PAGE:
Vireo’s Updates on the EPA’s Proposed Reporting Rule for Nanoscale Materials under the Toxic Substances Control Act

The US Environmental Protection Agency (EPA) is proposing reporting and recordkeeping requirements for nanoscale chemical substances in the marketplace under the Toxic Substances Control Act (TSCA). This initial proposal would require one-time reporting and recordkeeping information from manufacturers of nanoscale materials including specific chemical identity, production volume, manufacturing and processing methods, exposure and release information, and existing data on environmental and health effects. The EPA has extended the public comment period for 30 days until August 5th, 2015.

Shatkin co-authored an article about the Proposed Reporting Rule for Nanoscale Materials that was picked up by the National Law Review. EPA held a public meeting on the rule in June 2015. Shatkin’s co-authored summary of the meeting is here. The proposed rule and instructions for submitting comments are in the docket folder.

During a Panelist Discussion in the Symposium on Sustainability and Commercialization at TechConnect/Nanotech15, it was suggested that EPA may not finalize the rule until after the 2016 elections, with reporting required at least 6 months later, in 2017. The proposed rule and instructions for submitting comments are in the docket folder.

KEY COMMENTS on the rule by Shatkin/Vireo:

1.     Definitions: the definition of a Reportable chemical substance

1.     “.. manufactured or processed in a form where the primary particles, aggregates, or agglomerates are in the size range of 1-100 nm and…” “…exhibit unique and novel characteristics or properties because of their size” and “…does not include substances with “trace amounts” of nanoscale particles”

2.     These definitions do not allow potential submitters to determine whether they have a reportable chemical substance. EPA needs to provide definitions of these terms that relate to measureable properties.

2.     Further, the definition of a “Discrete form of a reportable chemical substance” is problematic because some properties are more accurately measured than others, which means there may be greater or lesser ability to discern materials for certain types of substances, including polydisperse mixtures, and high aspect ratio substances. The ability to accurately measure size versus say, surface reactivity, is not uniform and the selection of model assumptions affects the resultant measurements, including the ability to discern seven times the standard deviation of the mean. I recommended EPA provide guidance on measurement methods, and consider whether to uniformly apply the 7X standard deviation to all properties.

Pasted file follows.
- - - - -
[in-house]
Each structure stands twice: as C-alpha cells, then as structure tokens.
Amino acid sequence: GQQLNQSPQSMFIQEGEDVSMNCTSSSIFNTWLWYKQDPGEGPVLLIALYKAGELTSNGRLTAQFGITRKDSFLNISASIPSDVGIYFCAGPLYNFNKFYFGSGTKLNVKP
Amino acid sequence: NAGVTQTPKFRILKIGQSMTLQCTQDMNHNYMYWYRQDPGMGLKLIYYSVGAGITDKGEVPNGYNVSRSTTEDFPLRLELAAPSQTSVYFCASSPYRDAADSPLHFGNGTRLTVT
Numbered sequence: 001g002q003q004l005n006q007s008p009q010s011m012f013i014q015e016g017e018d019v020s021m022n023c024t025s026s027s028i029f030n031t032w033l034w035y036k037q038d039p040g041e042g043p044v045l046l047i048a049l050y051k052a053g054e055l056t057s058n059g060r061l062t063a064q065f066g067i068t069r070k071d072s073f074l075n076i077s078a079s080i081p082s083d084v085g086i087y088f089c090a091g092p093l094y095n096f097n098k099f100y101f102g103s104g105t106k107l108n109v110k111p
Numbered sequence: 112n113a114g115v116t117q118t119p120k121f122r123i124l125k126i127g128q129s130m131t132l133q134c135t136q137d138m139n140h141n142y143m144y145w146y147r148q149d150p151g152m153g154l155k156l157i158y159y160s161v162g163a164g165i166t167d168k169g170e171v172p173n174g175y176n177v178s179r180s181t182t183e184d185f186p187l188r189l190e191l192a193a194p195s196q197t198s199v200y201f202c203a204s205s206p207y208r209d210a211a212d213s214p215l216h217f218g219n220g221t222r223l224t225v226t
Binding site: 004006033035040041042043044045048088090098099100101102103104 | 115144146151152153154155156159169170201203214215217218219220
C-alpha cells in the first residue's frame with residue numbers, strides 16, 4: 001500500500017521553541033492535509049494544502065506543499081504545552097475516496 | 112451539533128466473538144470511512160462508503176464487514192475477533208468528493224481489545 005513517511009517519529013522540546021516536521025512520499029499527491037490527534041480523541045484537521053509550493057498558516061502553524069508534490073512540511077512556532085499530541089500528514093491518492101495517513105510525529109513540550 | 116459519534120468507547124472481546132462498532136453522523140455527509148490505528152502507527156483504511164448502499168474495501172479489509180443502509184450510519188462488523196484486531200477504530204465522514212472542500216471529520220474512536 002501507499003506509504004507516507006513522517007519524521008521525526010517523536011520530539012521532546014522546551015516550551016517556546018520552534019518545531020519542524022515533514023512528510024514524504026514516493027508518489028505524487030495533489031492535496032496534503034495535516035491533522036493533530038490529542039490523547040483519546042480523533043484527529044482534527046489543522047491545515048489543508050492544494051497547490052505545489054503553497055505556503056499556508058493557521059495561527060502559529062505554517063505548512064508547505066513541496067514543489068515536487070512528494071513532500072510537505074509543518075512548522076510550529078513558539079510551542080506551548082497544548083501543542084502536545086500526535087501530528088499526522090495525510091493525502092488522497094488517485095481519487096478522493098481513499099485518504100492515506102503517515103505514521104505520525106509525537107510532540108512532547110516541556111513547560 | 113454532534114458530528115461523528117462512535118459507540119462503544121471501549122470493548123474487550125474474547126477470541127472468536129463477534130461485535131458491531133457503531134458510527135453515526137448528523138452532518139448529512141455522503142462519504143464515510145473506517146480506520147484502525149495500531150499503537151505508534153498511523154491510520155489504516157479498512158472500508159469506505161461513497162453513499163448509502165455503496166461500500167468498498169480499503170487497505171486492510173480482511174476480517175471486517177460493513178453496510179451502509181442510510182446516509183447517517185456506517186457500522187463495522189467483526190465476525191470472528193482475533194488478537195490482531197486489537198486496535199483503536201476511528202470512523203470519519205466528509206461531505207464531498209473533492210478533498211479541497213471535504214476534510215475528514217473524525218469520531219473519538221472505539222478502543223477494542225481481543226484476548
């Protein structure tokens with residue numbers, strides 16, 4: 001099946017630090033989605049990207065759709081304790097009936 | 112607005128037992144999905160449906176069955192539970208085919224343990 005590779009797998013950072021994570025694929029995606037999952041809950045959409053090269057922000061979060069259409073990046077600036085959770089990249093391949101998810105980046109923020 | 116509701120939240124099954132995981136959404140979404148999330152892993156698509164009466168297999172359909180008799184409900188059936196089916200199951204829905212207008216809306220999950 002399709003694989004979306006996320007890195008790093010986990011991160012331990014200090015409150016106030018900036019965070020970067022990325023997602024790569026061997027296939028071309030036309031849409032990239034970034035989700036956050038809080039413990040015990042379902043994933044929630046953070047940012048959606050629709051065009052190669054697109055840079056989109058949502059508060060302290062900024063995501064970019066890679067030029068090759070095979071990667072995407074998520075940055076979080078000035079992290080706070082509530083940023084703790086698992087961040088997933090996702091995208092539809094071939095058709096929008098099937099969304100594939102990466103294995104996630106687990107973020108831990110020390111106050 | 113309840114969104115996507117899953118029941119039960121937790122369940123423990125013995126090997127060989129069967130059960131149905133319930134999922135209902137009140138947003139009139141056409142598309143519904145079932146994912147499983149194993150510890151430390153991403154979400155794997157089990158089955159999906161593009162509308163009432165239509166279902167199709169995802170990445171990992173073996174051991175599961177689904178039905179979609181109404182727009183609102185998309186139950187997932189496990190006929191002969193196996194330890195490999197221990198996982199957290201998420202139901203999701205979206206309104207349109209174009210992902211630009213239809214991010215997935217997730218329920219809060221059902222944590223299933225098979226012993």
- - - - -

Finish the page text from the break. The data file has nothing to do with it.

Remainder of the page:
3.     Third, EPA included a section in the Proposed Reporting Form on the product Life-cycle. I raised the issue of the lack of understanding of this issue among many industry professionals, and suggested EPA provide guidance on the topic.

Other key industry comments:

- The 135 day review period was noted as raising concern about economic impacts, in that it exceeds the standard 90 day review period for new substances.

- Potential burden on industry, especially smaller companies without internal resources to prepare the required information.

- The minimum size criteria for reporting. At $4 million, some expressed concern that even non-profitable companies will have to report.

July Industry Webinar Summary and Q&A with US EPA Staff

On July 29th a webinar featuring Jim Alwood of US EPA was hosted by SEMI, the Nano Business Commercialization Association, the Semiconductor Industry Association (SIA) and SESHA, aiming to clarify TSCA Section 8(a) proposed rule for chemical substances manufactured or processed as nanoscale materials, and answer pertinent questions from various industry stakeholders.

In the Q&A, questions sought clarification and guidance on the definition of a reportable chemical substance. Vague terminology such as “unique”, “novel” and “trace” used by the EPA in its proposed ruling was highlighted as needing clarification. Additional questions focused on how industry should identify nanoscale materials, including recommendations for tests for non-uniform materials, EPA didn’t offer much guidance beyond what is set forth in the proposed rule and called on industry to comment for clarification.

Other industry questions centered around whether specific forms of nanostructures would be included under the new ruling such as bound versus unbound nanoscale materials, nano-structured integrated circuits, or nanoscale materials incorporated into articles. Of note, the EPA suggested that generally, film, nano-structured integrated circuits, and nanoscale materials incorporated into articles are likely not chemical substances that would be reportable under the new rule; however, companies should seek clarification by commenting on the proposed ruling.

Clarification was also sought from the EPA on distinguishing between processor activities and user activities of nanostructures and if any guidance will be provided. Broadly, the EPA stated that processors change materials formulations, either chemical or form; if there is no change in the starting material formulation, a company may be considered a user and exempt from reporting under TSCA Section 8(a).

Jim Alwood reiterated that now is the chance for stakeholders to have the EPA address and clarify issues by commenting on the proposed ruling. The proposed rule and instructions for submitting comments are in the docket folder with a deadline set of August 5th, 2015.